At about 8.30 pm the same evening, the guy called me back and said that he had the package, and that I could pick it up at the terminal the next morning. So the next morning we went back there and finally got the package. It took two and a half weeks for it to get from Vancouver to me instead of the one week as the guy at the shop promised. We took the package home and jumped around with glee for a while, riding the board back and forth in the kitchen. Then I started thinking... The board is actually quite big. At 105 x 30 x 15 cm in size and weighing around 7 kg, I started wondering if they would actually allow me to bring it on board the plane. I looked up the airline website, and found that of course it would be impossible. It is way too big and heavy. The only option would be to check it in as a third piece of luggage. Since you're only allowed two pieces of check-in luggage, the third piece would cost me $225. Oh, for fuck's sake... So the cheapest (and only) alternative is to mail it to myself in Sweden. To reduce the size and weight, and thereby the cost of sending it, I decided to take the trucks and wheels off and ship only the actual deck. Naturally, I didn't have any tools to do that with. So I went to Rona, bought a wrench and a screwdriver for about 20 dollars, and took the stuff off. I will need the tools for board maintenance later on anyway, so I figured why not. I packed the deck in a well-padded package, so now it's all ready to ship. It will cost me around 85 dollars to send it. Gah... It better ride like a freakin' dream when spring comes...

I've decided to name the board "Alecto", after one of the furies of ancient Greek mythology. The name means "unceasing" or "implacable". The mythological furies, or Erinyes, were three demonic deities of vengeance, or supernatural personifications of the anger of the dead. They persecuted those who had committed atrocious crimes and punished them by driving them insane. Seemed kinda suitable somehow. This board certainly doesn't give anything away for free.

10 December 2008

Conclusions

So, finally after 2,5 years of working in Ste-Adèle, I have only 3 days left. My last day of work is December 12th, and on the 22nd I'm flying back to Europe with Gin. It's been an interesting 2,5 years, and completely different from anything I imagined when I took the job. Having just graduated with my masters, my plan was to get away from a stale and academic world for a year and do something completely different, and then return and get serious about finding a job in music. I applied for this job in video game QA without really having much of a clue what it was about, and unexpectedly, I got the job. I didn't have anything else to do at that time and I had never been to Canada, so I took the job. On a three week notice I got rid of my apartment, got all my stuff packed, got a flight ticket and moved across the Atlantic.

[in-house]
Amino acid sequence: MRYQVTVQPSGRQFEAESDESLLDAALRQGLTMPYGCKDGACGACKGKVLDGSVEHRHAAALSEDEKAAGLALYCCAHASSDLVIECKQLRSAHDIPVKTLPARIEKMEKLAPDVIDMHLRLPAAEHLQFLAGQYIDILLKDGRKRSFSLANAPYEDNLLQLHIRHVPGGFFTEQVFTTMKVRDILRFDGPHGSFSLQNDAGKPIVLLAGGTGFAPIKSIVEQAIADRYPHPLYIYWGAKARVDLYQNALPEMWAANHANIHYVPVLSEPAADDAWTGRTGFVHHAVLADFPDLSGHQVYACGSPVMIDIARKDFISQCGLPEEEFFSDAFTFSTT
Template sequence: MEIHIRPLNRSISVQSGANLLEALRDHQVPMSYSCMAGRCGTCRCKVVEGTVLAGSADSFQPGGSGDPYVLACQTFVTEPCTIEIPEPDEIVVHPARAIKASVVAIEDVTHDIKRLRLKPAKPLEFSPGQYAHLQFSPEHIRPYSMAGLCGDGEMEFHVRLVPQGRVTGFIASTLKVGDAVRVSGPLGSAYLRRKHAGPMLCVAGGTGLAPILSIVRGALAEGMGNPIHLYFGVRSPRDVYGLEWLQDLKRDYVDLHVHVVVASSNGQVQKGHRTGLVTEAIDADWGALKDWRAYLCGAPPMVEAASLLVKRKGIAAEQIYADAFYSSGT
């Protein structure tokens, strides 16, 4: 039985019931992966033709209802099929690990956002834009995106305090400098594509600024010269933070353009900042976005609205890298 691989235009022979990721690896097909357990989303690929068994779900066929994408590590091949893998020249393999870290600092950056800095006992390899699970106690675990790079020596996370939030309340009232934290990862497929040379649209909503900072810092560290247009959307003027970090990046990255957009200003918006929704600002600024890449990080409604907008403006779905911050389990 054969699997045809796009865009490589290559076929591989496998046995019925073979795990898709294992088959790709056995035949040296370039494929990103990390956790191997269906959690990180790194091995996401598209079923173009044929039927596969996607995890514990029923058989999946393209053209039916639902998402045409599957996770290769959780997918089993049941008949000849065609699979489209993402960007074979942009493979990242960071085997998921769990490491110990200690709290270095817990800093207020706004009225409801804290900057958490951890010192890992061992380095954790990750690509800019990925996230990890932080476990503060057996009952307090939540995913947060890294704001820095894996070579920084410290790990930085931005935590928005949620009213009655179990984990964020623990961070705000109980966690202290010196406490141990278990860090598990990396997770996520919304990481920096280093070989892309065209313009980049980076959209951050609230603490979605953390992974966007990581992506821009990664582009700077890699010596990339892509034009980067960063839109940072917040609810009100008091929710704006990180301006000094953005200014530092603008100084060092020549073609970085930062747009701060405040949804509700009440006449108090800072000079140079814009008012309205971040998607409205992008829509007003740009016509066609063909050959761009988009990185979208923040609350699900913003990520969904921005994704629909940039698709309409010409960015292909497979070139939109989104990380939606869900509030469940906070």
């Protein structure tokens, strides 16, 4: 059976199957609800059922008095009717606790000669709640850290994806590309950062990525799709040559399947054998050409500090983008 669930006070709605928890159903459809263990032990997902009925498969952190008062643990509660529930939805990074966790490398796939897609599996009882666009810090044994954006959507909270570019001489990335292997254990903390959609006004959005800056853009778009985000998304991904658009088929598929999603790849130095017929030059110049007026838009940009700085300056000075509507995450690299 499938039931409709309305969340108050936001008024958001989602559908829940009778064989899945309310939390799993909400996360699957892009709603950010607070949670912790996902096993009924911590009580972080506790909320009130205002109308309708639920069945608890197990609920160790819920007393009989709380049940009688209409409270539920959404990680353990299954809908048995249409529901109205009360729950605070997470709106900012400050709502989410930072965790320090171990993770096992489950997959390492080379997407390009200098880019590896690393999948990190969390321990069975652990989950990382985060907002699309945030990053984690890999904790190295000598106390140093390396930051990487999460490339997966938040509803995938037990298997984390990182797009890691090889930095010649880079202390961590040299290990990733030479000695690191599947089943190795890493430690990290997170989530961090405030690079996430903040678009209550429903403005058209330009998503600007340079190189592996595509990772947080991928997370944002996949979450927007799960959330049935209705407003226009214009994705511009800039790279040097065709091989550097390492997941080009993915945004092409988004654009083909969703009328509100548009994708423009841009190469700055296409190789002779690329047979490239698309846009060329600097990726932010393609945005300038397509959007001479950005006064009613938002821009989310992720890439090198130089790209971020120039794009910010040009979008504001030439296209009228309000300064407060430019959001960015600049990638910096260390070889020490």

It was a quite surreal experience to arrive at the Trudeau airport in Montreal, especially since everything happened so fast. I got the job, and three weeks later I started working on a different continent. I landed around 7 pm and it was way warmer than I had expected. Not really knowing much about Canada, I had pictured it as a place pretty far north where there are lots of maple forests, the climate is similar to Sweden and where everybody says "eh" all the time. A closer look at a map later revealed that Montreal is actually over 1000 km further south than the place where I left from... I was picked up by one of the ladies working in HR at that time and taken to my first Canadian home. (Or rather, my first Quebecois home. I learned rather quickly that many Quebecois don't consider themselves Canadian at all. The French heritage is a rather touchy subject it seems.) The place was a nice-looking house in Prévost, and I was to share it with three Germans. I ended up living there for only 3 weeks, after which I moved into another house in Ste-Adèle, much closer to work.